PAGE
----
ONE-MA3: Learning to Appreciate Roman Engineering and Craftsmanship
By Marcin Hajduczek ’22
No longer jetlagged and sporting new tans from the Italian sun, we set out to Torre Paola today for our first hands-on fieldwork of the ONE-MA3trip. After a short trip to the coasts of Sabaudia, conservator-restorer Roberto Scalesse led us underground to a recently discovered Roman bathhouse. Although newly constructed arched ceilings protected the excavated site aboveground, everything that had been covered by soil offered glimpses of what it must have looked like over two thousand years ago.
Ancient Roman bathhouse
With the consolidation of Rome as an empire in 27 BC, Roman emperors had increasingly available access to treasury resources to fund extravagant projects. While some, like Nero, built ridiculously excessive palaces for themselves, others tried to outcompete one another through the construction of public works that could render them a ‘good emperor’ in the eyes of the people and Senate; often times this was a stepping stone for an emperor’s posthumous deification. This led to the construction of amphitheaters, forums, and lavish public baths; with soaring columns and walls clad in marble, their ornate designs inspired architects like Stanford White, whose rendition of the Old Penn Station alluded to the coffered ceilings of the Baths of Caracalla.
Ancient Roman bathhouse
Built in the Republican period where aqueducts and running water were less common, the baths of Torre Paola sported none of the extravagance of Caracalla. They made up for it instead in the practicality of construction materials and decorations. Wherever there was more contact between surfaces and water, the Romans used red mortar, which had a higher concentration of crushed brick aggregate in the cement. This made it more durable against the physical erosion of water and the propagation of cracks. In the baths of Torre Paola, the water-filled tubs were lined in the red material, while the floors were more lustrous, Roberto explained, due to pieces of colorful marble added to the red mortar for aesthetic.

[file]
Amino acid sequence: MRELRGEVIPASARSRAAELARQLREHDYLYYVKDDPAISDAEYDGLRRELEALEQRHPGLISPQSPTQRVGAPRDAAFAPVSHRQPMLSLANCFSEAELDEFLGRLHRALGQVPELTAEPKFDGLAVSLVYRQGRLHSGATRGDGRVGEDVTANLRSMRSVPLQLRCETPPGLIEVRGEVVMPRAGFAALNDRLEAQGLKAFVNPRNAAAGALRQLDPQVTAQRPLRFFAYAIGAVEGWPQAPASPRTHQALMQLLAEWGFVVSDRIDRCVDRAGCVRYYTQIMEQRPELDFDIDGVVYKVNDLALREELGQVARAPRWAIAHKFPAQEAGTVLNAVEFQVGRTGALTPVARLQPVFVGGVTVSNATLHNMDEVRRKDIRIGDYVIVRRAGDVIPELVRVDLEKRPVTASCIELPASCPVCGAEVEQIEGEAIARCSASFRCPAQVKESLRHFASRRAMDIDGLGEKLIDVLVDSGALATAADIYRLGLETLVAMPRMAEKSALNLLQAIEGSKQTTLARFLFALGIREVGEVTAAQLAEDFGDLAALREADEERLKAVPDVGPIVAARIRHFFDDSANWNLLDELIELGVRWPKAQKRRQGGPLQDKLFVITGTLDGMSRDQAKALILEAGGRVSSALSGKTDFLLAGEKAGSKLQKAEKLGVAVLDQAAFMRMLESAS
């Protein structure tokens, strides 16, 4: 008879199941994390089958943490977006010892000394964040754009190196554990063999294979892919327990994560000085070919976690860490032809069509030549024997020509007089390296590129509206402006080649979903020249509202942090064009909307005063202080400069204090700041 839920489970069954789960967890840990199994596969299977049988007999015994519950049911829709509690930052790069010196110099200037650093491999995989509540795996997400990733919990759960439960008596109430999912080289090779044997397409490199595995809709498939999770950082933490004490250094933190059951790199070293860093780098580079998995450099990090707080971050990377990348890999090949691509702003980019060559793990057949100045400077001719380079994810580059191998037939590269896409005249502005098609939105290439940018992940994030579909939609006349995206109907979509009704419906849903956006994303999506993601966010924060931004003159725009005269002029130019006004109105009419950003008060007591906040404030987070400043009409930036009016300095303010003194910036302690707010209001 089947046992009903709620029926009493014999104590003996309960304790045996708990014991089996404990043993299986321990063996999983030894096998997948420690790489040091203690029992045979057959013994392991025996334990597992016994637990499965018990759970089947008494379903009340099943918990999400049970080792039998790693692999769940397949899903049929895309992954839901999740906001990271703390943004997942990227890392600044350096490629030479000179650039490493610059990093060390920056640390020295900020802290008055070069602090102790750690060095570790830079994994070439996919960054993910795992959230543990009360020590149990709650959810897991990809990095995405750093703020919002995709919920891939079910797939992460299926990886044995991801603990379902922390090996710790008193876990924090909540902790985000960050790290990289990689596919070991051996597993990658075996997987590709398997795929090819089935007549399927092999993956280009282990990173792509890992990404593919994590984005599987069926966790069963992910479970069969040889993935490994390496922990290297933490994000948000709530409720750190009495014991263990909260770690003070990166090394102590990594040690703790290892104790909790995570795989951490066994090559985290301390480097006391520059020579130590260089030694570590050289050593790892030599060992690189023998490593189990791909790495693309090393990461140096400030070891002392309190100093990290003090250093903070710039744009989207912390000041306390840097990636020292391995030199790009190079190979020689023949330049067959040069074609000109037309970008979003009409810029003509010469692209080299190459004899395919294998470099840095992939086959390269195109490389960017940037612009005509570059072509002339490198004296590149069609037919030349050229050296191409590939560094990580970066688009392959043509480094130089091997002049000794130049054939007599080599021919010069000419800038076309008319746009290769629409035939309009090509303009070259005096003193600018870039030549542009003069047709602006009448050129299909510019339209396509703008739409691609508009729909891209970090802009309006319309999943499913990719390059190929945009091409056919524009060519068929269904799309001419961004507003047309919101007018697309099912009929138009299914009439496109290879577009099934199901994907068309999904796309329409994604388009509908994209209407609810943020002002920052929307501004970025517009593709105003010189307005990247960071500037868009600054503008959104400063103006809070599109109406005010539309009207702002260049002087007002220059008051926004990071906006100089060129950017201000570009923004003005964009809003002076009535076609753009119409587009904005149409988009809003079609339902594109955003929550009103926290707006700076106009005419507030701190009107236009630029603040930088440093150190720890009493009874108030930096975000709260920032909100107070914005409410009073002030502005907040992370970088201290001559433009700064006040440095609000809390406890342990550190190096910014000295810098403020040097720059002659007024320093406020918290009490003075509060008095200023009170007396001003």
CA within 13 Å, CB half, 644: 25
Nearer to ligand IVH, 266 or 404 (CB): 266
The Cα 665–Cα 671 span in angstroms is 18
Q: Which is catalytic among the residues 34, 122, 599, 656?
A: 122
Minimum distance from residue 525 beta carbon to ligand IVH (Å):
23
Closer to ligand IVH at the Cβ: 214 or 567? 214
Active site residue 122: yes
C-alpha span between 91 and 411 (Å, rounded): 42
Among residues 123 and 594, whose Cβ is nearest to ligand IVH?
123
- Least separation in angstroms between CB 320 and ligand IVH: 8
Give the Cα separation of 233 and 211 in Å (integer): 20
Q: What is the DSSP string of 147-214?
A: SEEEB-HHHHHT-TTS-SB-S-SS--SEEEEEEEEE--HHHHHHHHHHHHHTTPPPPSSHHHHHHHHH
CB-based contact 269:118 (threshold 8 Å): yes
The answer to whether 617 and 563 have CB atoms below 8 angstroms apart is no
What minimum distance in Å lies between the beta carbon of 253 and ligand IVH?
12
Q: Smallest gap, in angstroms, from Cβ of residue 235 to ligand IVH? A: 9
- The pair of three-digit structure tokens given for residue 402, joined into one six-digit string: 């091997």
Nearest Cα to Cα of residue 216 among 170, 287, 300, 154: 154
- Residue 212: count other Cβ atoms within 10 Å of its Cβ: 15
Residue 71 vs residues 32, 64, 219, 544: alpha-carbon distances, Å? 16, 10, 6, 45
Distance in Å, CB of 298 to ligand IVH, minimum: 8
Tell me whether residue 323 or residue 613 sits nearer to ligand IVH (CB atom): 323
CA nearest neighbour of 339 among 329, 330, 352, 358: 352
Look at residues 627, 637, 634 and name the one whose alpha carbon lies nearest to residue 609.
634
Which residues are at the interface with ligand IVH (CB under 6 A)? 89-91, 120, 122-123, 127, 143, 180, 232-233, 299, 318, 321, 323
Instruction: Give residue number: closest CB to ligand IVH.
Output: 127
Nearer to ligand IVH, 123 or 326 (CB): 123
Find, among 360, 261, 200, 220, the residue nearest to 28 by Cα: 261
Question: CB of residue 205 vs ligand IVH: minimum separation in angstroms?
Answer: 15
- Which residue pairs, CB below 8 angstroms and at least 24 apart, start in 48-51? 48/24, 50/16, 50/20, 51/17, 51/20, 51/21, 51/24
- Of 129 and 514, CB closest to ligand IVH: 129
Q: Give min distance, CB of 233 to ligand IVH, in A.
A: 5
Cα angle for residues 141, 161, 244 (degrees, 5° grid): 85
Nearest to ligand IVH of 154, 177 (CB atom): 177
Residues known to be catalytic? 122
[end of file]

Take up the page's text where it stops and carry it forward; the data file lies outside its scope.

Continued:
The mosaics on the floor of the bathhouse
The floors of other rooms were covered in the remains of tediously hand-crafted mosaics. Some of these had been partially destroyed, presumably by falling debris and leaking water, but others remained as smooth to the touch as their modern counterparts. Roberto’s work revolved around trying to find the best way to clean and restore these mosaics, and our 16 pairs of hands made it easier for him to test multiple methods. While some of us physically scrubbed the tiles with brushes and sponges to remove dirt, others applied a dense algae solution that clung to grime and made it easier to wipe off. We noticed that using the algae was less abrasive than physical cleaning which could potentially damage weaker tiles. Professor Masic and Roberto explained that more stubborn filth could be removed with a laser that could be tuned to a particular wavelength as to chip away at any color other than that of the tesserae. Roberto’s final comment was a pro tip for some of us future archeologists: always leave a thin layer of dirt so that you don’t damage the original artifact.
Amazed at the resilience of the historic bath against the test of time and armed with Roberto’s warning, we left the site with a newfound appreciation for Roman engineering and craftsmanship. Being out in the field then forced us to end the workday with something entirely un-Italian: eating lunch without a dish of pasta!